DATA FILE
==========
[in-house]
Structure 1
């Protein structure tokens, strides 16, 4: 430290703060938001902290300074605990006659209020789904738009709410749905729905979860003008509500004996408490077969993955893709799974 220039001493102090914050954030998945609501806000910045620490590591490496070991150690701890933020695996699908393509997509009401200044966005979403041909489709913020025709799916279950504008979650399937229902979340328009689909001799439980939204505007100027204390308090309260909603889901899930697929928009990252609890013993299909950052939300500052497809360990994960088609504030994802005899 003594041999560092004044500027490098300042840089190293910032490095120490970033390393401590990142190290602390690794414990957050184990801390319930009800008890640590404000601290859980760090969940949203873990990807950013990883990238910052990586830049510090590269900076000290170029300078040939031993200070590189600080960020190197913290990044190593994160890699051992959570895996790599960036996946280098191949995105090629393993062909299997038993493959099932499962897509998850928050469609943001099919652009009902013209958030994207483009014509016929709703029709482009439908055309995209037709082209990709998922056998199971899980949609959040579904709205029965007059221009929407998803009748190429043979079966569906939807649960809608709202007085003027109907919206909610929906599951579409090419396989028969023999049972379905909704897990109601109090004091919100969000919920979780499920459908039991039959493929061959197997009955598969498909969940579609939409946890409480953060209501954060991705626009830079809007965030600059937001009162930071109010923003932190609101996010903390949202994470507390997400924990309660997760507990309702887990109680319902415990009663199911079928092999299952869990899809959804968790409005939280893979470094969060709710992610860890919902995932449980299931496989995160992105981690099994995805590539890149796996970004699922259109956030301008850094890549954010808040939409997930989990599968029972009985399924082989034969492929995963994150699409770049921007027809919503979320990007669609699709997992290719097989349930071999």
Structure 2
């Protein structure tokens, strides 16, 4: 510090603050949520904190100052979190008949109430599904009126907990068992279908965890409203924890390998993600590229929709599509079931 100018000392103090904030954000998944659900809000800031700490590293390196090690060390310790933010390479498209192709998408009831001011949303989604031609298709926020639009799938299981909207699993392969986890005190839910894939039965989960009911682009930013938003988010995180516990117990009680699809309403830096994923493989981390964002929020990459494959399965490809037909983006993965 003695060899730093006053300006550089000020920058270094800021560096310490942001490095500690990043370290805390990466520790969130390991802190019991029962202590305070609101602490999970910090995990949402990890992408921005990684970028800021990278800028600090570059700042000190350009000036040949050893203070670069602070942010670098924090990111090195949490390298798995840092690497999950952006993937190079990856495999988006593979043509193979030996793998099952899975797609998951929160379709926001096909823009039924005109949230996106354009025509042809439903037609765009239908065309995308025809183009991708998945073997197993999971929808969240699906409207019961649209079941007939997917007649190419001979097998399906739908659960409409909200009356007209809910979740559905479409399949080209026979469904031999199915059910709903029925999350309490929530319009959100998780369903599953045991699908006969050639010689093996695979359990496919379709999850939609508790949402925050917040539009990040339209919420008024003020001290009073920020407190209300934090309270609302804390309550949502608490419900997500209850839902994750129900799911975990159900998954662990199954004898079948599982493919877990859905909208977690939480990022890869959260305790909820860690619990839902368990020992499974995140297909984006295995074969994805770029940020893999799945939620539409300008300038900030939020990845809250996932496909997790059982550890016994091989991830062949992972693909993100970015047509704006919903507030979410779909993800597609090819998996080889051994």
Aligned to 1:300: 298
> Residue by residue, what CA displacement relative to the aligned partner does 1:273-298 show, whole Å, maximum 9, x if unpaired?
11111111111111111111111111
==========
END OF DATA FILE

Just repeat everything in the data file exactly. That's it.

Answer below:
[in-house]
Structure 1
């Protein structure tokens, strides 16, 4: 430290703060938001902290300074605990006659209020789904738009709410749905729905979860003008509500004996408490077969993955893709799974 220039001493102090914050954030998945609501806000910045620490590591490496070991150690701890933020695996699908393509997509009401200044966005979403041909489709913020025709799916279950504008979650399937229902979340328009689909001799439980939204505007100027204390308090309260909603889901899930697929928009990252609890013993299909950052939300500052497809360990994960088609504030994802005899 003594041999560092004044500027490098300042840089190293910032490095120490970033390393401590990142190290602390690794414990957050184990801390319930009800008890640590404000601290859980760090969940949203873990990807950013990883990238910052990586830049510090590269900076000290170029300078040939031993200070590189600080960020190197913290990044190593994160890699051992959570895996790599960036996946280098191949995105090629393993062909299997038993493959099932499962897509998850928050469609943001099919652009009902013209958030994207483009014509016929709703029709482009439908055309995209037709082209990709998922056998199971899980949609959040579904709205029965007059221009929407998803009748190429043979079966569906939807649960809608709202007085003027109907919206909610929906599951579409090419396989028969023999049972379905909704897990109601109090004091919100969000919920979780499920459908039991039959493929061959197997009955598969498909969940579609939409946890409480953060209501954060991705626009830079809007965030600059937001009162930071109010923003932190609101996010903390949202994470507390997400924990309660997760507990309702887990109680319902415990009663199911079928092999299952869990899809959804968790409005939280893979470094969060709710992610860890919902995932449980299931496989995160992105981690099994995805590539890149796996970004699922259109956030301008850094890549954010808040939409997930989990599968029972009985399924082989034969492929995963994150699409770049921007027809919503979320990007669609699709997992290719097989349930071999």
Structure 2
């Protein structure tokens, strides 16, 4: 510090603050949520904190100052979190008949109430599904009126907990068992279908965890409203924890390998993600590229929709599509079931 100018000392103090904030954000998944659900809000800031700490590293390196090690060390310790933010390479498209192709998408009831001011949303989604031609298709926020639009799938299981909207699993392969986890005190839910894939039965989960009911682009930013938003988010995180516990117990009680699809309403830096994923493989981390964002929020990459494959399965490809037909983006993965 003695060899730093006053300006550089000020920058270094800021560096310490942001490095500690990043370290805390990466520790969130390991802190019991029962202590305070609101602490999970910090995990949402990890992408921005990684970028800021990278800028600090570059700042000190350009000036040949050893203070670069602070942010670098924090990111090195949490390298798995840092690497999950952006993937190079990856495999988006593979043509193979030996793998099952899975797609998951929160379709926001096909823009039924005109949230996106354009025509042809439903037609765009239908065309995308025809183009991708998945073997197993999971929808969240699906409207019961649209079941007939997917007649190419001979097998399906739908659960409409909200009356007209809910979740559905479409399949080209026979469904031999199915059910709903029925999350309490929530319009959100998780369903599953045991699908006969050639010689093996695979359990496919379709999850939609508790949402925050917040539009990040339209919420008024003020001290009073920020407190209300934090309270609302804390309550949502608490419900997500209850839902994750129900799911975990159900998954662990199954004898079948599982493919877990859905909208977690939480990022890869959260305790909820860690619990839902368990020992499974995140297909984006295995074969994805770029940020893999799945939620539409300008300038900030939020990845809250996932496909997790059982550890016994091989991830062949992972693909993100970015047509704006919903507030979410779909993800597609090819998996080889051994």
Aligned to 1:300: 298
> Residue by residue, what CA displacement relative to the aligned partner does 1:273-298 show, whole Å, maximum 9, x if unpaired?
11111111111111111111111111